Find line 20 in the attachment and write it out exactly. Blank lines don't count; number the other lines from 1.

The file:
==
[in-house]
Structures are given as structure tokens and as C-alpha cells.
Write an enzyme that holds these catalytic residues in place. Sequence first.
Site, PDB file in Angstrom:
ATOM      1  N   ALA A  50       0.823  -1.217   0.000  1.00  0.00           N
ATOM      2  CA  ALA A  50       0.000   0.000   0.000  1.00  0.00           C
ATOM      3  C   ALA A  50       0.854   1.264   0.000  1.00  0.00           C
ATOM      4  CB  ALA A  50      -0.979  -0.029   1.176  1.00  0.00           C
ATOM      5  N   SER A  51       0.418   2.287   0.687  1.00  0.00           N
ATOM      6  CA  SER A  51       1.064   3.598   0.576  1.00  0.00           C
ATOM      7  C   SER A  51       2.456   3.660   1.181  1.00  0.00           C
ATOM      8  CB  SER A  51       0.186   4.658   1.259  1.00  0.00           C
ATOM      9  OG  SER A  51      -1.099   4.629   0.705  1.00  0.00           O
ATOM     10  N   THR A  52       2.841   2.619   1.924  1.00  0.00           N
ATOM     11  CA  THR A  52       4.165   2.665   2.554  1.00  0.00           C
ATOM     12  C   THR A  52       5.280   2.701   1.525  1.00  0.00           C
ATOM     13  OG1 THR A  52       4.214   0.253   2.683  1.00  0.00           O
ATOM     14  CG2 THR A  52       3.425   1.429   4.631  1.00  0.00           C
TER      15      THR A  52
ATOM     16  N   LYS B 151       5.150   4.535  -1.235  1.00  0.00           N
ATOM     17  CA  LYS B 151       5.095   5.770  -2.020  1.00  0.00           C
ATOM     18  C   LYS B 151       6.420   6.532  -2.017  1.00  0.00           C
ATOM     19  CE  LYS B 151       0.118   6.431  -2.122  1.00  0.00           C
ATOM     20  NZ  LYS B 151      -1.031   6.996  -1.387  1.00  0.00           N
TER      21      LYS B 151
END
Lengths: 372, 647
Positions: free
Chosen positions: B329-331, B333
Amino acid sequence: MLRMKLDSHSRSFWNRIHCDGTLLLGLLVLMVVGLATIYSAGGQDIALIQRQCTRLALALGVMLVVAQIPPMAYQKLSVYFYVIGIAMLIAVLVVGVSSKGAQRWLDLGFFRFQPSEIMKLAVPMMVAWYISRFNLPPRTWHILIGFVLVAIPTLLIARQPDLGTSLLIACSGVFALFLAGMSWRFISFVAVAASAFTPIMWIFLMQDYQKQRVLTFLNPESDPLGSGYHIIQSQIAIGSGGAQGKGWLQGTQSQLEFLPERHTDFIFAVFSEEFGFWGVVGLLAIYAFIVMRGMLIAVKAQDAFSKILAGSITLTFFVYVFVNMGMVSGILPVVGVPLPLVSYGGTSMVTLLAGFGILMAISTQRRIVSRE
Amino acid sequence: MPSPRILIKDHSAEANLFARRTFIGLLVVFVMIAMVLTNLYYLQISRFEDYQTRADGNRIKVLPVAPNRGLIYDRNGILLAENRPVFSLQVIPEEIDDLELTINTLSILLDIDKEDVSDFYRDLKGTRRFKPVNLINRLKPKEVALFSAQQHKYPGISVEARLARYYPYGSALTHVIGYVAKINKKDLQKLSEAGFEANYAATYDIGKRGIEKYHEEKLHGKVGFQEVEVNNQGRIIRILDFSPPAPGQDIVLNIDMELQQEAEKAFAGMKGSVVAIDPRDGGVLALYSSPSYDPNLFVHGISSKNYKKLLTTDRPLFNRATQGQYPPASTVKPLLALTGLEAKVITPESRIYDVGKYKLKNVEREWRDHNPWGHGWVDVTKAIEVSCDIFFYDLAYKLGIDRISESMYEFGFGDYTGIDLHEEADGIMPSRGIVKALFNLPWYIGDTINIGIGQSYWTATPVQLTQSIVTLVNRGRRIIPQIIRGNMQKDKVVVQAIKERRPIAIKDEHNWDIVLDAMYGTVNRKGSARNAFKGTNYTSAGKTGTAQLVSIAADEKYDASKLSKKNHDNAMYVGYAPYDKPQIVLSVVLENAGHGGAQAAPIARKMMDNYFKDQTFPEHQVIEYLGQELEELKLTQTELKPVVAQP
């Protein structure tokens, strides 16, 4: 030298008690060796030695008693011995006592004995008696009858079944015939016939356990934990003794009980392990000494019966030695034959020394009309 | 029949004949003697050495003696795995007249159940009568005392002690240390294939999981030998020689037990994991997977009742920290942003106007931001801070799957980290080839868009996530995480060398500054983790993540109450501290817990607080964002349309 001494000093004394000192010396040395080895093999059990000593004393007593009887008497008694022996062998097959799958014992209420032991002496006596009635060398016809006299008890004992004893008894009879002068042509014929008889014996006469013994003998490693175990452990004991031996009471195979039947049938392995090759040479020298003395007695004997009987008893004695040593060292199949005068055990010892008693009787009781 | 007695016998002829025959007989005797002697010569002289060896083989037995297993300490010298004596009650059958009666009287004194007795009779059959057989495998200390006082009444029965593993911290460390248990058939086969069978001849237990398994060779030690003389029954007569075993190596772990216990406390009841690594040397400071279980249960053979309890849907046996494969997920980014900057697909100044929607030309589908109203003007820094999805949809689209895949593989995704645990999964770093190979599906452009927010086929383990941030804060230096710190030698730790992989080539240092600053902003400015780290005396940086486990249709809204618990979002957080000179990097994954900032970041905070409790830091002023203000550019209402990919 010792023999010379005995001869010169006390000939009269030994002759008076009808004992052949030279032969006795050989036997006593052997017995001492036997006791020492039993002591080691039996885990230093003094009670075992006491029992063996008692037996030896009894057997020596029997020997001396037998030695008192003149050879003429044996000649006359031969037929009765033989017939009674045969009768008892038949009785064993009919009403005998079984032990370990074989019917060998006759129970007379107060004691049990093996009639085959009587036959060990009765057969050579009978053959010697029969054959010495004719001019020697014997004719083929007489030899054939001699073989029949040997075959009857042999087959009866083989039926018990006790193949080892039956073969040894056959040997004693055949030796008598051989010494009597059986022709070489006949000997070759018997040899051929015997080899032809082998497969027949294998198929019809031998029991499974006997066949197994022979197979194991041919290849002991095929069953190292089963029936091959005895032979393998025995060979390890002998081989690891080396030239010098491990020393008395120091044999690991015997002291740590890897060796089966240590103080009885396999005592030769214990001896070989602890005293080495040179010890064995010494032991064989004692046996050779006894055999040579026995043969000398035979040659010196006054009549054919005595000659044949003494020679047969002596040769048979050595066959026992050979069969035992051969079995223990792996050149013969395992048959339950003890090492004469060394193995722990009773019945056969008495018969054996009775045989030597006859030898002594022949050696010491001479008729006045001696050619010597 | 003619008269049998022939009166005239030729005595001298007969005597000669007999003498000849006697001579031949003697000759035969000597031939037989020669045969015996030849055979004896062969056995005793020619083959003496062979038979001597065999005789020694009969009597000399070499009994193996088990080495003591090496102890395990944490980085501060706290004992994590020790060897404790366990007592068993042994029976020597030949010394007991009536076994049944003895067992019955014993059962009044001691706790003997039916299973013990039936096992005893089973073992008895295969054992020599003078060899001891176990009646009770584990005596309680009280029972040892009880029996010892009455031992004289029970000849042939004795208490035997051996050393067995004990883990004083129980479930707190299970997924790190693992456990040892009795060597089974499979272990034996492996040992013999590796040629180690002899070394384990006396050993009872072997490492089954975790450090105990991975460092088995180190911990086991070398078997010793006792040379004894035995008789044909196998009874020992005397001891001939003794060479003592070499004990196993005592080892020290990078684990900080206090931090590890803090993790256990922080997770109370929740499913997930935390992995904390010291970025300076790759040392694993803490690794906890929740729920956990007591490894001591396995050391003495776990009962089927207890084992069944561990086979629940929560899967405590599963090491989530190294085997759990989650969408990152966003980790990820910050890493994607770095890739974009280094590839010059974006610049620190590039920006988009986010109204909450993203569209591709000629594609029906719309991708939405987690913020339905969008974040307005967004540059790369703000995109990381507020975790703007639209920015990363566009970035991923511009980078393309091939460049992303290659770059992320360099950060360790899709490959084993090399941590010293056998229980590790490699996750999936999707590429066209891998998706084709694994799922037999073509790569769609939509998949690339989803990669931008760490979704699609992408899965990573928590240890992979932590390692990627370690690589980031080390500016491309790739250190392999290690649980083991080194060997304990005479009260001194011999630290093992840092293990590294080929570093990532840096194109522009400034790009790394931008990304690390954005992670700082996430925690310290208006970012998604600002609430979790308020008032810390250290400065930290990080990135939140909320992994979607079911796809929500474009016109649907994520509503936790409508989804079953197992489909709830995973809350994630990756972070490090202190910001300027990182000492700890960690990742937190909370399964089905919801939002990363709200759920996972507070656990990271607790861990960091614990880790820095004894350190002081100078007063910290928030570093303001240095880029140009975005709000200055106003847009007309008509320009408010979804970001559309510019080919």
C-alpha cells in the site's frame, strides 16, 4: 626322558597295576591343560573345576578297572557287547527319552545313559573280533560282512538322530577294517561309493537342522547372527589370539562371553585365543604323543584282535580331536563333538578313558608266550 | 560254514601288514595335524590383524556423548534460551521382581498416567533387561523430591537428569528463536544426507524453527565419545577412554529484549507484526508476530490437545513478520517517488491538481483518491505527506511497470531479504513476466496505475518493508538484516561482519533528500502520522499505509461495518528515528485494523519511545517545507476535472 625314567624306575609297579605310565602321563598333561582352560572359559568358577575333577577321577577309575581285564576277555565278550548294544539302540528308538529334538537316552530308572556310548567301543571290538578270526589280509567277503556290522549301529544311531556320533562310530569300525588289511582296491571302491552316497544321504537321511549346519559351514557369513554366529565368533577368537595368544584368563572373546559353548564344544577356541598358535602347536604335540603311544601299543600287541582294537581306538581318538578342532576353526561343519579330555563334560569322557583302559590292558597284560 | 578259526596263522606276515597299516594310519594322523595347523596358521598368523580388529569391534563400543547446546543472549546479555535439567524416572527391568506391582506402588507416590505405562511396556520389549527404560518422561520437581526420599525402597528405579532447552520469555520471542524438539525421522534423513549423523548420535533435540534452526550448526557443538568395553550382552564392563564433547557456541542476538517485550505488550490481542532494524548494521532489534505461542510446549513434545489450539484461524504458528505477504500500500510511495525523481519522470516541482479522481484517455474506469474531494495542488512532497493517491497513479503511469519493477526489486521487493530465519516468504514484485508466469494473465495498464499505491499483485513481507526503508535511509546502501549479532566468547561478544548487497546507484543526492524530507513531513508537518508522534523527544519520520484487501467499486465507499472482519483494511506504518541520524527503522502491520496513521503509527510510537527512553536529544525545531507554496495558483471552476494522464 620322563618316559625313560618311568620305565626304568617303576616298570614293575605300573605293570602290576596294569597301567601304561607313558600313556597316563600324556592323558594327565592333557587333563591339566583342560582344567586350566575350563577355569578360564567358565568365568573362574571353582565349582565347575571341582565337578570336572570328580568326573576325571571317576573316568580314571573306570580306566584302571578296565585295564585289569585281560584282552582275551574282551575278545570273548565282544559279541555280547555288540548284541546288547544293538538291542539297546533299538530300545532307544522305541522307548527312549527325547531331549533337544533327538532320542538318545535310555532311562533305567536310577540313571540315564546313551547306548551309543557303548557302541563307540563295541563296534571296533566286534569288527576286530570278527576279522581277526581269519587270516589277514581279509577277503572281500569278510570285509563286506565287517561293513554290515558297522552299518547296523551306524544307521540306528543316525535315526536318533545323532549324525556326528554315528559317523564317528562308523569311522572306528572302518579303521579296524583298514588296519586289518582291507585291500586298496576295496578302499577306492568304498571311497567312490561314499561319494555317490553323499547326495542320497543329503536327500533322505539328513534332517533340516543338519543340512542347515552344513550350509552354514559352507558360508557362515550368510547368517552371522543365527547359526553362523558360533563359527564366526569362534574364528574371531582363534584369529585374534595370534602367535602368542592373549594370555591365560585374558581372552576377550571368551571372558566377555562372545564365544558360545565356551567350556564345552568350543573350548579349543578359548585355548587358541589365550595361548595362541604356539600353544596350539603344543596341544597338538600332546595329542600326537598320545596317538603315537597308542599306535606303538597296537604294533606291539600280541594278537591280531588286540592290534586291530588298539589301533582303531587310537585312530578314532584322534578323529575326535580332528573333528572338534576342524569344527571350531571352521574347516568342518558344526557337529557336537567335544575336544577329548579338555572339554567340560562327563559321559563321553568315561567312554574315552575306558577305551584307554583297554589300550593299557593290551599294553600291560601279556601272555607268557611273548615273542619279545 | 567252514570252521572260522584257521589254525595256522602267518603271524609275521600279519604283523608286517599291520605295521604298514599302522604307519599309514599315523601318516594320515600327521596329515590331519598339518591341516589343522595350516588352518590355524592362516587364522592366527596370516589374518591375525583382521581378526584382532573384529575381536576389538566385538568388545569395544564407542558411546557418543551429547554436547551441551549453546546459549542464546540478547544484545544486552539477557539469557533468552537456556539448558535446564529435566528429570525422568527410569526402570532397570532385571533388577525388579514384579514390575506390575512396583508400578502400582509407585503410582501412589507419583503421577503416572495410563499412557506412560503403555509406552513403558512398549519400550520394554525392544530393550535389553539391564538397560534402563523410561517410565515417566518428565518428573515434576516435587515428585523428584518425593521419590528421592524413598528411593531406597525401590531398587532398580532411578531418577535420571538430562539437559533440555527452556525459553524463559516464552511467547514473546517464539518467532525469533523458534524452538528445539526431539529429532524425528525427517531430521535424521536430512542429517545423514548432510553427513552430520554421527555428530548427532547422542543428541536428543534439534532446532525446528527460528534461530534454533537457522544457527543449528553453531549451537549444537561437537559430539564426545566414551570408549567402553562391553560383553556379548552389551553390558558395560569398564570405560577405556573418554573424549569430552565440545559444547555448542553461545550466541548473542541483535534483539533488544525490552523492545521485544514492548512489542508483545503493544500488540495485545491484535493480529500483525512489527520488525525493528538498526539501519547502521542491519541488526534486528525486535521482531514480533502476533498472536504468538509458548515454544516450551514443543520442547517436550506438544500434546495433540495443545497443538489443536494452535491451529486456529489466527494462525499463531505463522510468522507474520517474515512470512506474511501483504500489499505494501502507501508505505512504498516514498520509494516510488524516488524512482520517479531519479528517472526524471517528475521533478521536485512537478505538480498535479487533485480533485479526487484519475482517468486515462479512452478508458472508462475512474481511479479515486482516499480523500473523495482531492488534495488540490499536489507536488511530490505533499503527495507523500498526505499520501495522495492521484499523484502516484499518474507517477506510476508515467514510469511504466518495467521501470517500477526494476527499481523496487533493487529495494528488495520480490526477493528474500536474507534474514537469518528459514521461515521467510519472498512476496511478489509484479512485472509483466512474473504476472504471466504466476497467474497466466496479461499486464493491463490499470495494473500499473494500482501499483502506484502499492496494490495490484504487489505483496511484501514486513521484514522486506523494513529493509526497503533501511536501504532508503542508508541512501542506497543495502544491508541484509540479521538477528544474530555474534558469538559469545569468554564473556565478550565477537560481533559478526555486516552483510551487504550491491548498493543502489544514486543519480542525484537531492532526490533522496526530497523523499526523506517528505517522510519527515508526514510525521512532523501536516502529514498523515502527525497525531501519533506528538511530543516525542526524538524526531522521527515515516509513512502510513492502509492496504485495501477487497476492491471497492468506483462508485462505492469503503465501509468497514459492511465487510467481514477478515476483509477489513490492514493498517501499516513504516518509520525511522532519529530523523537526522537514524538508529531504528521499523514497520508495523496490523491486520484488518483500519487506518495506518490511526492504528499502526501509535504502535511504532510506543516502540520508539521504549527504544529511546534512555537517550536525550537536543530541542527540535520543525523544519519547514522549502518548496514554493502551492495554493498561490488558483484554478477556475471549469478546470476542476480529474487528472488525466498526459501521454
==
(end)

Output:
ATOM     16  N   LYS B 151       5.150   4.535  -1.235  1.00  0.00           N